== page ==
Visit the Eagle Hawk Neck
The Eagle Hawk Neck separates the Port Arthur prison from the rest of the Tasman Peninsula and is a narrow sandbar 30 metres wide. You can visit the infamous dog line where ferocious dogs were chained to deter escapees. To instil even more fear in the convicts, rumours of dangerous, shark-infested waters were circulated. Nearby, there’s a lookout point with expansive views across the Neck, Pirates Bay and the rugged coastline.
Visit the Tasman National Park
One of the main attractions of Port Arthur in Australia is The Tasman National Park. The wildness of the natural landscape is breathtaking and you can explore the stunning coastline of the Tasman Peninsula by car or on foot. Watch huge waves crashing against soaring sea cliffs and enjoy the many bushwalks in the National Park. You’ll need to drive or take a tour to see the rock formations at the Tasman Arch and Blowhole, Waterfall Bay Remarkable Cave and the Tessellated Pavement.
TIP: A Tasmanian National Parks Pass is needed to visit the Tasman National Park. It costs $24 per car for a day visit or $82 for a holiday pass. Passes are available from National Parks Centres and online.
The Remarkable Caveon on the Tasman Peninsula is awe-inspiring. There’s an amazing view of the wild seas and the coastline from the lookout near the car park and from there it’s a steep walk down the stairs to the Remarkable Cave. Huge waves crash through the small cave and onto a rocky beach creating lots of noise and spray.
The Tasman Arch and Devil’s Kitchen are impressive geological formations in the Tasman National Park. There are several lookout points close to each other joined by easy walking trails. Near the Tasman Arch is the Devil’s Kitchen where a vertical cliff face with striking patterns looms over the churning white water below. Local aboriginal people thought this place was inhabited by cannibal spirits whose cooking fires were represented by the dark markings on the cliffside.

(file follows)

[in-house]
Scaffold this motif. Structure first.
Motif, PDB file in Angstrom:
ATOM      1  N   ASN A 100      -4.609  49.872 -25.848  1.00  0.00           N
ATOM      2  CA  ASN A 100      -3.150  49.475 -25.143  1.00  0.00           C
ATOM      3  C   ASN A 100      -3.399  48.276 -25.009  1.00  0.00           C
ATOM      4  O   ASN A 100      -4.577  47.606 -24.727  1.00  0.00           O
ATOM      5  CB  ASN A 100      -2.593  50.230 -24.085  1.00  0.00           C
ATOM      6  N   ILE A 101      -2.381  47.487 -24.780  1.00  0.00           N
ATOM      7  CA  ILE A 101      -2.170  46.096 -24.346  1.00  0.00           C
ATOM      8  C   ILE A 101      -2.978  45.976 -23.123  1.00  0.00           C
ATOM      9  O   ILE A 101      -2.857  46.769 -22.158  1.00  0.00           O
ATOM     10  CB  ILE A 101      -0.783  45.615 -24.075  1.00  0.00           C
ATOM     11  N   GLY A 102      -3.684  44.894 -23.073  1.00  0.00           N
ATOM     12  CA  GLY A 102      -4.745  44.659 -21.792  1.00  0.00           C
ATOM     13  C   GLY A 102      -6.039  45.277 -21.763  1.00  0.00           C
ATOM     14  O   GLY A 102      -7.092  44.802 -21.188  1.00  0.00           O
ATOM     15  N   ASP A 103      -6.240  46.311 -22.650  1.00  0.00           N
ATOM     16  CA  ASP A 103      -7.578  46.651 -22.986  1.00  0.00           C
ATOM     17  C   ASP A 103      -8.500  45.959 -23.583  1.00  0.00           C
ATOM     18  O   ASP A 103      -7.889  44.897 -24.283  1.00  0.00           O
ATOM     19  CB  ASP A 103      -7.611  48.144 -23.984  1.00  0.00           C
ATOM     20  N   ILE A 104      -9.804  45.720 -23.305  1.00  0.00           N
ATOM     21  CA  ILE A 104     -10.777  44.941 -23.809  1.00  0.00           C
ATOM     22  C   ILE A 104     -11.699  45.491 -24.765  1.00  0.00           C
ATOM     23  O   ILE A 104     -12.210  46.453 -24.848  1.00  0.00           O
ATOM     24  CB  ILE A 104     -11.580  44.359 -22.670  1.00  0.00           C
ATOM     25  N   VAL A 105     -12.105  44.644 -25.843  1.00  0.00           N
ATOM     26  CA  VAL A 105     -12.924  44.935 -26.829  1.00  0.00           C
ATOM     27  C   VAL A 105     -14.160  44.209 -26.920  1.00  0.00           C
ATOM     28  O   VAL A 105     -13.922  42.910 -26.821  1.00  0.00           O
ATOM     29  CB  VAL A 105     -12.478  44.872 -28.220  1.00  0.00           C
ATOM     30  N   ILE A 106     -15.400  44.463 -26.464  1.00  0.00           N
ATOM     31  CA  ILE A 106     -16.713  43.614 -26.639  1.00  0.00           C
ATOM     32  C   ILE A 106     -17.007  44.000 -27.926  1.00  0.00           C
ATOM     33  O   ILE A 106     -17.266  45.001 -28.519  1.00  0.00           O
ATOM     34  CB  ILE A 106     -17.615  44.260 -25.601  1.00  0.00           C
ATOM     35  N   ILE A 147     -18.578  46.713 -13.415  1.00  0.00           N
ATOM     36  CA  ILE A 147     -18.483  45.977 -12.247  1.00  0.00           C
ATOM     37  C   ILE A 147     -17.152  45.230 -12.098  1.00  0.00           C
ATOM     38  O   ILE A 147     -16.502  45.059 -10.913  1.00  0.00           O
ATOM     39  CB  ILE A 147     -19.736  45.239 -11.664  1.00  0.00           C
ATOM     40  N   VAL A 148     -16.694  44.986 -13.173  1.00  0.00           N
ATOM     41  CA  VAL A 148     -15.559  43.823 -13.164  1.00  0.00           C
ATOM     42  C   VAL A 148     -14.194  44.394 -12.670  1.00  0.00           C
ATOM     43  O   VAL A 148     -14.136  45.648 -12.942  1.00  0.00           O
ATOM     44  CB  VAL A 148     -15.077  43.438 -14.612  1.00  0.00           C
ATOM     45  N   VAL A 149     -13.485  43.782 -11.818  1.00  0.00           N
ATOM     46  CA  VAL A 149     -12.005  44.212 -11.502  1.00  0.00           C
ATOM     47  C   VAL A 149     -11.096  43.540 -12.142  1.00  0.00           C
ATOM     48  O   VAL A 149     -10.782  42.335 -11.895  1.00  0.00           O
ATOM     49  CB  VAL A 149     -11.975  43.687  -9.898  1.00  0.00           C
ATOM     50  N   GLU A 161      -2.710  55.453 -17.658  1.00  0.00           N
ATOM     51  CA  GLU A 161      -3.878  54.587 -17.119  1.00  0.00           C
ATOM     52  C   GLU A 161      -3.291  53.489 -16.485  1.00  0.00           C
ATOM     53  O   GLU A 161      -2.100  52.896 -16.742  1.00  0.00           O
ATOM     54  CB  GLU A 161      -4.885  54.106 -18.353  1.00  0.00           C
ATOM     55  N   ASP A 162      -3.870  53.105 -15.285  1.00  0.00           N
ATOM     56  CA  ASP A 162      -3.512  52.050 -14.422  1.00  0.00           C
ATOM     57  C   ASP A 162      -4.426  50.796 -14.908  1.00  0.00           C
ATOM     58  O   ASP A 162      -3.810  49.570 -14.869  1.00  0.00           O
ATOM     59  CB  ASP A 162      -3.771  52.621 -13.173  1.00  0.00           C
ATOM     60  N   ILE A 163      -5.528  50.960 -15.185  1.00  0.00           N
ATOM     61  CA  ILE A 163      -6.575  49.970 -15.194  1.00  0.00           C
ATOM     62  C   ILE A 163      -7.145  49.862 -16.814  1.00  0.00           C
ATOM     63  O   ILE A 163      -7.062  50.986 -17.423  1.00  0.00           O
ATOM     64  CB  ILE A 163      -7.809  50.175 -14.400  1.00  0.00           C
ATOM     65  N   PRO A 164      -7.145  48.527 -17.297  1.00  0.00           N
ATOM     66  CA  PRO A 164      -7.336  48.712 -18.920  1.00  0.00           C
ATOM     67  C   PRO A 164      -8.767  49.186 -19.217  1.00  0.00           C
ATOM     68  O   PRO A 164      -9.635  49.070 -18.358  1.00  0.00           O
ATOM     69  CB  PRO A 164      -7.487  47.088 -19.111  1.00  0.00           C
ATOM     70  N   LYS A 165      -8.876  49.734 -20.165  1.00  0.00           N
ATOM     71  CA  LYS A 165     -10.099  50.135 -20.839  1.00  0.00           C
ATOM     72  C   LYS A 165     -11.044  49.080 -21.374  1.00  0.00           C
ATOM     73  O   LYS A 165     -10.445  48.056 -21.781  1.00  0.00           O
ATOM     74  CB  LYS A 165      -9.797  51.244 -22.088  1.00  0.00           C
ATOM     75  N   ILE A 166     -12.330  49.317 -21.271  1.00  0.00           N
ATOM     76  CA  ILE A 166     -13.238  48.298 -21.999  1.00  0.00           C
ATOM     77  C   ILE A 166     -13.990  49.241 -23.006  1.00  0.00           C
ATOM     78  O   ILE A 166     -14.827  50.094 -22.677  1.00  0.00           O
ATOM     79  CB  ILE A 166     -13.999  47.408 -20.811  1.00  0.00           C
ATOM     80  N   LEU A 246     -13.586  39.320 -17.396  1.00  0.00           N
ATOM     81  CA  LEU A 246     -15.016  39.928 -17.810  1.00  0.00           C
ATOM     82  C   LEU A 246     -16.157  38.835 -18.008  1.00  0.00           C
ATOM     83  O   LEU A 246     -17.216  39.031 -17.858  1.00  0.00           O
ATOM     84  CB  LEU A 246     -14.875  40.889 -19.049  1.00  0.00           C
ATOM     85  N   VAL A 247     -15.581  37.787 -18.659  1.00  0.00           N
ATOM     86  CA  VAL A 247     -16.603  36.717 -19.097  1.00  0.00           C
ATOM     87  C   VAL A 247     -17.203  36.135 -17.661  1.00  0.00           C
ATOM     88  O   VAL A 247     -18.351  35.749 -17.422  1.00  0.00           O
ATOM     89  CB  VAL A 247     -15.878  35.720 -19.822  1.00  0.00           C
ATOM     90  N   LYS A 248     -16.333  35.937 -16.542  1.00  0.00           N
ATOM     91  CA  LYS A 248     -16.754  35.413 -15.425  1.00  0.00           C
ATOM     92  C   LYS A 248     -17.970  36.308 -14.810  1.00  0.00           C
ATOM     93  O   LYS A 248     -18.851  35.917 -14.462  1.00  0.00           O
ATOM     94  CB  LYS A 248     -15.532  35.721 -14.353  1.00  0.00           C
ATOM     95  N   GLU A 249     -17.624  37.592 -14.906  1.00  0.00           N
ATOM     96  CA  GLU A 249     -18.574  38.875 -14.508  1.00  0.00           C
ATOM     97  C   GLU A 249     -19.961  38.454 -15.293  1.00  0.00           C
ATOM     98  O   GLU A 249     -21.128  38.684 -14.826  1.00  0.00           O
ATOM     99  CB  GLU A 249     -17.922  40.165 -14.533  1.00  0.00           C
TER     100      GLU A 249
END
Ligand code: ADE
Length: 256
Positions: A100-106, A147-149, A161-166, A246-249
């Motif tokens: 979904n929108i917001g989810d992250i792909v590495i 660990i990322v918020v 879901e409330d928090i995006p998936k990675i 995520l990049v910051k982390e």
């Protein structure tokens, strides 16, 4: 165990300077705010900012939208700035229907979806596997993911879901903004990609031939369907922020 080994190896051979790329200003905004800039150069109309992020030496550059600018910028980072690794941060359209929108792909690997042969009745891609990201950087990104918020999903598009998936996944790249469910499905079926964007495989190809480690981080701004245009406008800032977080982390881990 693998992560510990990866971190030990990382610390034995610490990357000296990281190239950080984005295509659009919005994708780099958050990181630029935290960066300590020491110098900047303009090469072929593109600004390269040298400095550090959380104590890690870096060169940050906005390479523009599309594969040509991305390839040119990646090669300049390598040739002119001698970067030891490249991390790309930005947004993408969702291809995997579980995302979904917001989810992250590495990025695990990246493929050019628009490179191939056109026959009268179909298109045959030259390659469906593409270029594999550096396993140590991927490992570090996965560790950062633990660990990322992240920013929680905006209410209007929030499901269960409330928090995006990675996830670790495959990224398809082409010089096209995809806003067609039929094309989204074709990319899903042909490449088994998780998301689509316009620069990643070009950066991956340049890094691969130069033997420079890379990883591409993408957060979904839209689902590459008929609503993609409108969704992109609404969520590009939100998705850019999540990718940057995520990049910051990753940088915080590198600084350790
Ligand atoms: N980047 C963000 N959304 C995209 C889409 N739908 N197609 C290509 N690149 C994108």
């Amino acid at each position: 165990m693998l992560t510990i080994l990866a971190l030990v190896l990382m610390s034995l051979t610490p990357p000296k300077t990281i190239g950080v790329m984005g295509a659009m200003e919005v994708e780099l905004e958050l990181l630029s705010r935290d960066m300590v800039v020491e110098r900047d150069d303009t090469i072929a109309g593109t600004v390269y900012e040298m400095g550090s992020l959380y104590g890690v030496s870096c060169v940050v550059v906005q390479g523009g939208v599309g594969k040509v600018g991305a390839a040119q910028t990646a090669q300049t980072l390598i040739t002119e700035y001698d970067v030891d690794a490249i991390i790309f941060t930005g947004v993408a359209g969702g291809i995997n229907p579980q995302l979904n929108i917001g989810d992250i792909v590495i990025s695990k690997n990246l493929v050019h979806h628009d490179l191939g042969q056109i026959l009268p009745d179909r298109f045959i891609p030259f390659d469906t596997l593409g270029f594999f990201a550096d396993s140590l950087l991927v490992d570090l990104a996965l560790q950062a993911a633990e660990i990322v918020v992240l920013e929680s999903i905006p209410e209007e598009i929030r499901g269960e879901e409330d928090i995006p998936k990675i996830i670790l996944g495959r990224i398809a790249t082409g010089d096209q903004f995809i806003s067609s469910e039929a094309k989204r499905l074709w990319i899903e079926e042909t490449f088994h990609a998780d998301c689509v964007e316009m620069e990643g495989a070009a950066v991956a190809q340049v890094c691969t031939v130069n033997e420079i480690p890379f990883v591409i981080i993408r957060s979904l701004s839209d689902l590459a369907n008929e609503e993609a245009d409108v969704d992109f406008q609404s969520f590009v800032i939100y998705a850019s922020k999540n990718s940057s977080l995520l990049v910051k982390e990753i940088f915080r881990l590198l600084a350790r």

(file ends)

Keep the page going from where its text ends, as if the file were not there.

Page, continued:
The Tessellated Pavement is an interesting natural rock platform on the Tasman Peninsula, formed from compacted sediments around 3 million years ago. Get there early in the morning for sunrise if you can. On a low tide, the wet rock platform reflects the beautiful sky colours.
There’s a Blowhole on Eagle Hawk Neck next to the car park and a beach and lookout point nearby.
Tasman Peninsula Walks
There are many great walks to choose from on the Tasman Peninsula so set aside some time to explore the National Park on foot. Here are some of the best:
The 3 Capes Track – 4 days / 3 nights
The Three Capes hiking trail is one of the most popular multi-day walks in Tasmania. The spectacular coastal scenery on the Tasman Peninsula draws walkers from all over Australia and around the world. The track is 48 kilometres long, well-maintained and the grade is easy to medium. Tasmanian National Park Rangers check up on the walkers each night and are available to give help and advice.
This makes the Three Capes Track a great option for solo female travellers and for families who like to get out into the wilderness. You can sleep in eco-cabins along the trail (for a fee) and it’s also possible to camp at basic campsites near Fortescue Bay. An advantage of hiking with Tasmanian National Parks is the accommodation in well-equipped cabins. There are kitchen facilities and there’s even an outdoor shower at one of the huts and you can leave the cooking gear and tent behind. My backpack still weighed around 13 kilograms even without the extra gear.